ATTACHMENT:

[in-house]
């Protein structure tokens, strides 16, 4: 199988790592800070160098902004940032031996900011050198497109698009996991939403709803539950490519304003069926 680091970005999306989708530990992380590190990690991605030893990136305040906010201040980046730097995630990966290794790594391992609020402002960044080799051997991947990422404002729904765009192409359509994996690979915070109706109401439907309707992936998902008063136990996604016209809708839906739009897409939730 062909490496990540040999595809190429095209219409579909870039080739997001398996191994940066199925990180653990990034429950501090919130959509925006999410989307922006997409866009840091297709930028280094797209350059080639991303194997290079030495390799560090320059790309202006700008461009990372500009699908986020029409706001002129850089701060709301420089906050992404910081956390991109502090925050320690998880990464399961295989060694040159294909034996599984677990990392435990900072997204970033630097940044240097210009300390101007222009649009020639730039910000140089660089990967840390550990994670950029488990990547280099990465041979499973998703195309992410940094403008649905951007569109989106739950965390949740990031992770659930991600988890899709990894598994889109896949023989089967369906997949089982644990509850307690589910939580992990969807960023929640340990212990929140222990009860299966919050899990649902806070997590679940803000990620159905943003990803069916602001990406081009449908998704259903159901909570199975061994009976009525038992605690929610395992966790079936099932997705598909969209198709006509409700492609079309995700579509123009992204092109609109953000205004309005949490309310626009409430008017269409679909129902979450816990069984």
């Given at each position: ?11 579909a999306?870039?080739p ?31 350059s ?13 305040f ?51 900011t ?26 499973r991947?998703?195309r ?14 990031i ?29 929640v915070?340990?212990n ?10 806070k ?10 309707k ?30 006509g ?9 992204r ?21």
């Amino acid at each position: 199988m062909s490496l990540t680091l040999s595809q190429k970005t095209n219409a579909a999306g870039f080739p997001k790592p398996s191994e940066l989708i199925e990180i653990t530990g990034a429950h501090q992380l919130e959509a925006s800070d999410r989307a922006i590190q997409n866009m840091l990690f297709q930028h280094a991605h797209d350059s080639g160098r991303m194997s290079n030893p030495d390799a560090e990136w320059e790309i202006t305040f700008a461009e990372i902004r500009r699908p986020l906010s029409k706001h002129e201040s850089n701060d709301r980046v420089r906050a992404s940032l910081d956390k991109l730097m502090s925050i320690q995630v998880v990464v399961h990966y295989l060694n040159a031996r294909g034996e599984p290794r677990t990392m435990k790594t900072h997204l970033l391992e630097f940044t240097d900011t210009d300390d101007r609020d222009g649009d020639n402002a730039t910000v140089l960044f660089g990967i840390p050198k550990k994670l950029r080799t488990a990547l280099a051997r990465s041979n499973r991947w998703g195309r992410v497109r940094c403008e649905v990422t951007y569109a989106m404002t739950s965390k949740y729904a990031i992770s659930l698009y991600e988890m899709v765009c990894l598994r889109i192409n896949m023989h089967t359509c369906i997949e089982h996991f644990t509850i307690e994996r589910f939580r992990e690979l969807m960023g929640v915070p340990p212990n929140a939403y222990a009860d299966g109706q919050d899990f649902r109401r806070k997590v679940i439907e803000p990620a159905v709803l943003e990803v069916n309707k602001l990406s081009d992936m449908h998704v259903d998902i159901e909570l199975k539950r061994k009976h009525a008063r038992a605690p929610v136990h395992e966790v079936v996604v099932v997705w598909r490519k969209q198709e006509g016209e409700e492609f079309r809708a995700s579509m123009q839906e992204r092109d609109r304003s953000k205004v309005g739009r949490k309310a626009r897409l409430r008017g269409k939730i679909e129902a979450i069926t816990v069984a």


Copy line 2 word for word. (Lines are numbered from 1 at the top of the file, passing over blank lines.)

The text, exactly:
């Protein structure tokens, strides 16, 4: 199988790592800070160098902004940032031996900011050198497109698009996991939403709803539950490519304003069926 680091970005999306989708530990992380590190990690991605030893990136305040906010201040980046730097995630990966290794790594391992609020402002960044080799051997991947990422404002729904765009192409359509994996690979915070109706109401439907309707992936998902008063136990996604016209809708839906739009897409939730 062909490496990540040999595809190429095209219409579909870039080739997001398996191994940066199925990180653990990034429950501090919130959509925006999410989307922006997409866009840091297709930028280094797209350059080639991303194997290079030495390799560090320059790309202006700008461009990372500009699908986020029409706001002129850089701060709301420089906050992404910081956390991109502090925050320690998880990464399961295989060694040159294909034996599984677990990392435990900072997204970033630097940044240097210009300390101007222009649009020639730039910000140089660089990967840390550990994670950029488990990547280099990465041979499973998703195309992410940094403008649905951007569109989106739950965390949740990031992770659930991600988890899709990894598994889109896949023989089967369906997949089982644990509850307690589910939580992990969807960023929640340990212990929140222990009860299966919050899990649902806070997590679940803000990620159905943003990803069916602001990406081009449908998704259903159901909570199975061994009976009525038992605690929610395992966790079936099932997705598909969209198709006509409700492609079309995700579509123009992204092109609109953000205004309005949490309310626009409430008017269409679909129902979450816990069984």